New Global Report Answers 10 Questions on Stillbirth
During 2021, nearly 4 stillbirths occurred every minute, which amounts to over 5,000 babies who were born stillborn every day. These data points are included in a recently published second stillbirth report from the United Nations Inter-agency Group for Child Mortality Estimation (UN IGME). They are calculated from the most up-to-date data (and estimated projections in some cases where data is not available), from 195 countries, painting a picture of the current reality of late gestation stillbirth, or deaths that occur at 28 weeks or more of gestation. These data, presented in the report along with poignant personal anecdotes representing those who have directly experienced stillbirths, highlight the immense, continued annual burden and psychological stress of stillbirths.
The report includes brilliant, visual representation of the latest data in a ’10 things to know’ list. I summarize the list of 10 questions here.
10 Things to Know
1. How many babies are we losing to stillbirth every year?
In 2021, almost 1.9 million babies were stillbirth at 28 weeks or more of gestation.
2. Where are most stillbirths taking place?
Mothers in sub-Saharan Africa and Southern Asia suffered nearly 8 in 10 (77%) of the documented stillbirths taking place in 2021. Six countries (India, Pakistan, Nigeria, the Democratic Republic of the Congo, Ethiopia and Bangladesh) accounted for almost half of the estimated global number of stillbirths.
3. When do most stillbirths occur? Can stillbirths be prevented?
In 2021, more than 2 in 5 stillbirths that took place were intrapartum; in high-burden settings, this rises to 1 in 2 stillbirths. Most intrapartum stillbirths are preventable. In most cases, access to high-quality care, such as timely monitoring and interventions to address complications, will help prevent stillbirths.
4. What are the key causes of and risk factors for stillbirth?
The causes and risk factors for stillbirth include: access to health services, socio-economic determinants, environmental impacts, maternal fertility-related conditions, and behavioral factors. A recently published stillbirth conceptual framework maps out specific factors that can influence stillbirth outcomes.
5. How successful have we been in preventing stillbirths?
Both the global stillbirth rate and annual number of stillbirths have declined by about 35% since 2000, from 21.3 per 1,000 total births to 13.9 per 1,000. This is promising, but we still fall short of where we need to be to achieve the ENAP target for stillbirths (12 or fewer stillbirths per 1,000 total births by 2030) and the progress over the last decade has been slower than the previous decade.
6. Worldwide, are we making the same strides towards preventing stillbirths?
All regions have seen their stillbirth rates go down, but the degree of these reductions varies widely. The greatest declines from 2000 to 2021 were in Asia’s two regions, and sub-Saharan Africa has made the least progress and still has the highest stillbirth rate. Out of the 30 countries with the highest stillbirth rates, 80% are in sub-Saharan Africa.
7. How does progress in preventing stillbirths compare to success in preventing under-five deaths?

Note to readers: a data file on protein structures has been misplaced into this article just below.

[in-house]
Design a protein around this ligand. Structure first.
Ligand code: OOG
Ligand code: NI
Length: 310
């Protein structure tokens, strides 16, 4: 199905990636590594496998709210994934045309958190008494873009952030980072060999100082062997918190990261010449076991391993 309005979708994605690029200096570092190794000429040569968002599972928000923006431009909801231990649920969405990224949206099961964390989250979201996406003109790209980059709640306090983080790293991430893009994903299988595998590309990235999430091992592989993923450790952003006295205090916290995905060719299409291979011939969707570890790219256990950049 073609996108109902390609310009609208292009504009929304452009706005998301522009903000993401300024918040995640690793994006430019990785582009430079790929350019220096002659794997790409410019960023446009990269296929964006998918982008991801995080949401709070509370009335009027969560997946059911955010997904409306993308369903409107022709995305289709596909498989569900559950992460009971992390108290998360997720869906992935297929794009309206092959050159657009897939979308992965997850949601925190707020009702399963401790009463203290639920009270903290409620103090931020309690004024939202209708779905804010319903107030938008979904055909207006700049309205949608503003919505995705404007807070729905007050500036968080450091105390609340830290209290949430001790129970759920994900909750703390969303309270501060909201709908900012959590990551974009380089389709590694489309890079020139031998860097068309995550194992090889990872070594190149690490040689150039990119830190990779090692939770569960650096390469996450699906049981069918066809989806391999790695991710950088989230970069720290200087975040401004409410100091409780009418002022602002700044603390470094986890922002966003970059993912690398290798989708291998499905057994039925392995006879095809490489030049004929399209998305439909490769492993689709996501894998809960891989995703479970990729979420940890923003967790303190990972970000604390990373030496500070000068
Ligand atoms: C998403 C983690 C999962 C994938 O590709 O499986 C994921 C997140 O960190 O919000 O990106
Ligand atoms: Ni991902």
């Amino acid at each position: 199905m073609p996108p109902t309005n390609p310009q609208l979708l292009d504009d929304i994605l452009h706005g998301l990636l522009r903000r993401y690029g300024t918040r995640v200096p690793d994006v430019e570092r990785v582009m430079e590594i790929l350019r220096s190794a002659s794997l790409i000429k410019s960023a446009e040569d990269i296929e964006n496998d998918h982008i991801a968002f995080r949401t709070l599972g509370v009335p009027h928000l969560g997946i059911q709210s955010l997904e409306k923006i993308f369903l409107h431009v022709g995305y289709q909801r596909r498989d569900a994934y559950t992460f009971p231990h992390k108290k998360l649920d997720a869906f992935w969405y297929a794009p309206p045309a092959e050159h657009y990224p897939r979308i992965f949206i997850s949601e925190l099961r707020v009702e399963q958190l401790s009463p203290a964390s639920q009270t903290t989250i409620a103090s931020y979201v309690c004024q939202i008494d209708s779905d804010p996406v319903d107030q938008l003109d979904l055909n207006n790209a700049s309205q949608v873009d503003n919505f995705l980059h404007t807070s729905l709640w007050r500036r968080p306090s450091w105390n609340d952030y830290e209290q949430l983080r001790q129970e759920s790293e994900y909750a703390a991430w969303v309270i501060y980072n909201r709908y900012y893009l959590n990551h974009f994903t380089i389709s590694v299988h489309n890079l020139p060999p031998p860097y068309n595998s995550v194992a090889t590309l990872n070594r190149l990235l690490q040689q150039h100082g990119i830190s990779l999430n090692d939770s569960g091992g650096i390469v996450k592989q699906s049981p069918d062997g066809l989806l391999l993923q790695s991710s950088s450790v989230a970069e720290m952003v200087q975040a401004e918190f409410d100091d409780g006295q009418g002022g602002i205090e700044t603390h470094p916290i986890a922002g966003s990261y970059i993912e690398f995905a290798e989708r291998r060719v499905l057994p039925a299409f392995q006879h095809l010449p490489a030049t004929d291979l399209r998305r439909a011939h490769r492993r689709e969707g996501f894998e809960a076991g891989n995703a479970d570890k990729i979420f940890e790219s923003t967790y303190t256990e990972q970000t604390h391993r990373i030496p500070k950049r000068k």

The stillbirth rate is declining more slowly (35%) than the under-five mortality rates (50%).
8. Without accelerated efforts to prevent stillbirths, what do projections show will happen between now and 2030?
If trends continue and further efforts are not made, 15.9 million babies will be stillborn between now and 2030. Nearly half of these deaths are expected to occur in sub-Saharan Africa. In this scenario, 56 countries will not achieve the ENAP target of 12 stillbirths or fewer per 1,000 total births by 2030.
9. How many lives could be saved if we strengthen our investments?
If all countries achieve the ENAP target by 2030, an estimated 2.6 million more babies will live. This is 30 more babies surviving every hour or 800 more babies surviving every single day!
10. What will it take to drive sustainable change and end preventable stillborn deaths?
The report lays out the following recommended action points for preventing stillborn deaths:
- Strengthen stillbirth data: Data systems must be strengthened and embedded into national routine HMIS to improve data availability and quality, particularly in low- and middle-income countries.
- Target setting: Local and national stillbirth targets need to be set in every country. We must have a target, and know our targets, in order to achieve change.
- Find ways to decrease the stigma: A world that recognizes that most stillbirths are preventable and where stillbirth is discussed openly without shame or blame.
- Support: Compassionate and respectful support is needed for every bereaved woman and family.
- High-quality care: A health care system that provides high-quality care to every mother and child.
- Investment: Achieve equity in every country and region through sustained investment.
Millions of families around the world have had lives changed forever by the trauma of losing a baby to stillbirth. Let us not forget the stories of these families and babies, and use this moment to ramp up our efforts to prevent stillbirth. Additionally, the causes of stillbirths are inseparable from those that kill pregnant women and newborns, thus investments to reduce stillbirths would bring a quadruple return by reducing stillbirths, neonatal deaths, maternal deaths and maternal and neonatal morbidity.
There is a feasible path to decrease stillbirths – these changes ARE possible, but the changes require the spark of political will and sustained efforts to realize them.
*Read more about stillbirth by accessing AlignMNH’s curated collection around stillbirth.
Amy Cannon, RN, MPH, is a Maternal and Newborn Health Technical Advisor at Jhpiego.